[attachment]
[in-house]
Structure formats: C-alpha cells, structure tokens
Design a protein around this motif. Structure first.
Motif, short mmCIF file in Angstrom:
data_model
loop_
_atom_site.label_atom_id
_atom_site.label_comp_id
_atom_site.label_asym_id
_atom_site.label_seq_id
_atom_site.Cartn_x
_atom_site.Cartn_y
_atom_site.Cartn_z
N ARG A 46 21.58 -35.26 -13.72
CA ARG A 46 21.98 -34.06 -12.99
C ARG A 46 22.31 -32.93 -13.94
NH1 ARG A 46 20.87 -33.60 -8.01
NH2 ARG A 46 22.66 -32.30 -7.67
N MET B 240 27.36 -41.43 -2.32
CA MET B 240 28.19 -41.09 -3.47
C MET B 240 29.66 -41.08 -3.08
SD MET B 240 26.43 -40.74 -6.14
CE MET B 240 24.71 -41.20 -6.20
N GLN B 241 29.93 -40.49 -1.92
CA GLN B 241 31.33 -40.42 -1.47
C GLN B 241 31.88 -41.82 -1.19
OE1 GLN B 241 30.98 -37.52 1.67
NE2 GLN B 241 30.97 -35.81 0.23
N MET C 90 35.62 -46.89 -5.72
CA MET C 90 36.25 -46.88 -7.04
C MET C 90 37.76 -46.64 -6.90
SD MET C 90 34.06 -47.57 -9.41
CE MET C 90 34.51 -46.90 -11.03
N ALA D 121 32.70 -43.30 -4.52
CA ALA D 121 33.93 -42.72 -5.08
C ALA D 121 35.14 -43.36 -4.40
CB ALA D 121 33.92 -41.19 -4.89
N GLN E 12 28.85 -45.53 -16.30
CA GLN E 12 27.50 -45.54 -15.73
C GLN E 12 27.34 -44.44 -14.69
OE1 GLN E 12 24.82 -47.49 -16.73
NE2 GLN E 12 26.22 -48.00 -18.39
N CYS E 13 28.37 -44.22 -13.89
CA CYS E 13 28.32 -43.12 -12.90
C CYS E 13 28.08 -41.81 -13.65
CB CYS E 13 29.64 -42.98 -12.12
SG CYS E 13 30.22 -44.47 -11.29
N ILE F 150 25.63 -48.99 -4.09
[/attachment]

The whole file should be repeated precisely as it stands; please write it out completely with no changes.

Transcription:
[in-house]
Structure formats: C-alpha cells, structure tokens
Design a protein around this motif. Structure first.
Motif, short mmCIF file in Angstrom:
data_model
loop_
_atom_site.label_atom_id
_atom_site.label_comp_id
_atom_site.label_asym_id
_atom_site.label_seq_id
_atom_site.Cartn_x
_atom_site.Cartn_y
_atom_site.Cartn_z
N ARG A 46 21.58 -35.26 -13.72
CA ARG A 46 21.98 -34.06 -12.99
C ARG A 46 22.31 -32.93 -13.94
NH1 ARG A 46 20.87 -33.60 -8.01
NH2 ARG A 46 22.66 -32.30 -7.67
N MET B 240 27.36 -41.43 -2.32
CA MET B 240 28.19 -41.09 -3.47
C MET B 240 29.66 -41.08 -3.08
SD MET B 240 26.43 -40.74 -6.14
CE MET B 240 24.71 -41.20 -6.20
N GLN B 241 29.93 -40.49 -1.92
CA GLN B 241 31.33 -40.42 -1.47
C GLN B 241 31.88 -41.82 -1.19
OE1 GLN B 241 30.98 -37.52 1.67
NE2 GLN B 241 30.97 -35.81 0.23
N MET C 90 35.62 -46.89 -5.72
CA MET C 90 36.25 -46.88 -7.04
C MET C 90 37.76 -46.64 -6.90
SD MET C 90 34.06 -47.57 -9.41
CE MET C 90 34.51 -46.90 -11.03
N ALA D 121 32.70 -43.30 -4.52
CA ALA D 121 33.93 -42.72 -5.08
C ALA D 121 35.14 -43.36 -4.40
CB ALA D 121 33.92 -41.19 -4.89
N GLN E 12 28.85 -45.53 -16.30
CA GLN E 12 27.50 -45.54 -15.73
C GLN E 12 27.34 -44.44 -14.69
OE1 GLN E 12 24.82 -47.49 -16.73
NE2 GLN E 12 26.22 -48.00 -18.39
N CYS E 13 28.37 -44.22 -13.89
CA CYS E 13 28.32 -43.12 -12.90
C CYS E 13 28.08 -41.81 -13.65
CB CYS E 13 29.64 -42.98 -12.12
SG CYS E 13 30.22 -44.47 -11.29
N ILE F 150 25.63 -48.99 -4.09